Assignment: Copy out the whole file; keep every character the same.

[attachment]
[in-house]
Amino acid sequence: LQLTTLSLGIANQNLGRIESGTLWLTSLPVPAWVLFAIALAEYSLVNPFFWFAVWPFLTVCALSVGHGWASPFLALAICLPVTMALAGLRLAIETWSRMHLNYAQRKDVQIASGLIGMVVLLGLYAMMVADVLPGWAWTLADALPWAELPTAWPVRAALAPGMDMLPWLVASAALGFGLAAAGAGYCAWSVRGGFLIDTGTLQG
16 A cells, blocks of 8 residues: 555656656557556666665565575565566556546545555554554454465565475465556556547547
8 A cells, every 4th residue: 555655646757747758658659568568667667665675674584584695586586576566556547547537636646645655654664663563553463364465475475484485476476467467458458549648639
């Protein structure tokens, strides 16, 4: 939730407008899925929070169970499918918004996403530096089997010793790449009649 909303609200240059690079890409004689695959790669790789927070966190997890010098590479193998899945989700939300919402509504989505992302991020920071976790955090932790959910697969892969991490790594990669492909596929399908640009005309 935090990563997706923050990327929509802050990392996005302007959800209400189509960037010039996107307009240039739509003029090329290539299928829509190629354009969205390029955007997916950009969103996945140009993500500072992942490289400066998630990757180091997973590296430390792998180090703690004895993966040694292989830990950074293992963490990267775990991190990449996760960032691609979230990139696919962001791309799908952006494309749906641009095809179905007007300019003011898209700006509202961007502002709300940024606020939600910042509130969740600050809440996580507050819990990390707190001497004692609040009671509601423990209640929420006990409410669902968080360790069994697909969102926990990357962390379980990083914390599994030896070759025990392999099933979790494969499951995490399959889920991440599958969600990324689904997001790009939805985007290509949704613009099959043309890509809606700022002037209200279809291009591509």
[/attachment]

[in-house]
Amino acid sequence: LQLTTLSLGIANQNLGRIESGTLWLTSLPVPAWVLFAIALAEYSLVNPFFWFAVWPFLTVCALSVGHGWASPFLALAICLPVTMALAGLRLAIETWSRMHLNYAQRKDVQIASGLIGMVVLLGLYAMMVADVLPGWAWTLADALPWAELPTAWPVRAALAPGMDMLPWLVASAALGFGLAAAGAGYCAWSVRGGFLIDTGTLQG
16 A cells, blocks of 8 residues: 555656656557556666665565575565566556546545555554554454465565475465556556547547
8 A cells, every 4th residue: 555655646757747758658659568568667667665675674584584695586586576566556547547537636646645655654664663563553463364465475475484485476476467467458458549648639
């Protein structure tokens, strides 16, 4: 939730407008899925929070169970499918918004996403530096089997010793790449009649 909303609200240059690079890409004689695959790669790789927070966190997890010098590479193998899945989700939300919402509504989505992302991020920071976790955090932790959910697969892969991490790594990669492909596929399908640009005309 935090990563997706923050990327929509802050990392996005302007959800209400189509960037010039996107307009240039739509003029090329290539299928829509190629354009969205390029955007997916950009969103996945140009993500500072992942490289400066998630990757180091997973590296430390792998180090703690004895993966040694292989830990950074293992963490990267775990991190990449996760960032691609979230990139696919962001791309799908952006494309749906641009095809179905007007300019003011898209700006509202961007502002709300940024606020939600910042509130969740600050809440996580507050819990990390707190001497004692609040009671509601423990209640929420006990409410669902968080360790069994697909969102926990990357962390379980990083914390599994030896070759025990392999099933979790494969499951995490399959889920991440599958969600990324689904997001790009939805985007290509949704613009099959043309890509809606700022002037209200279809291009591509």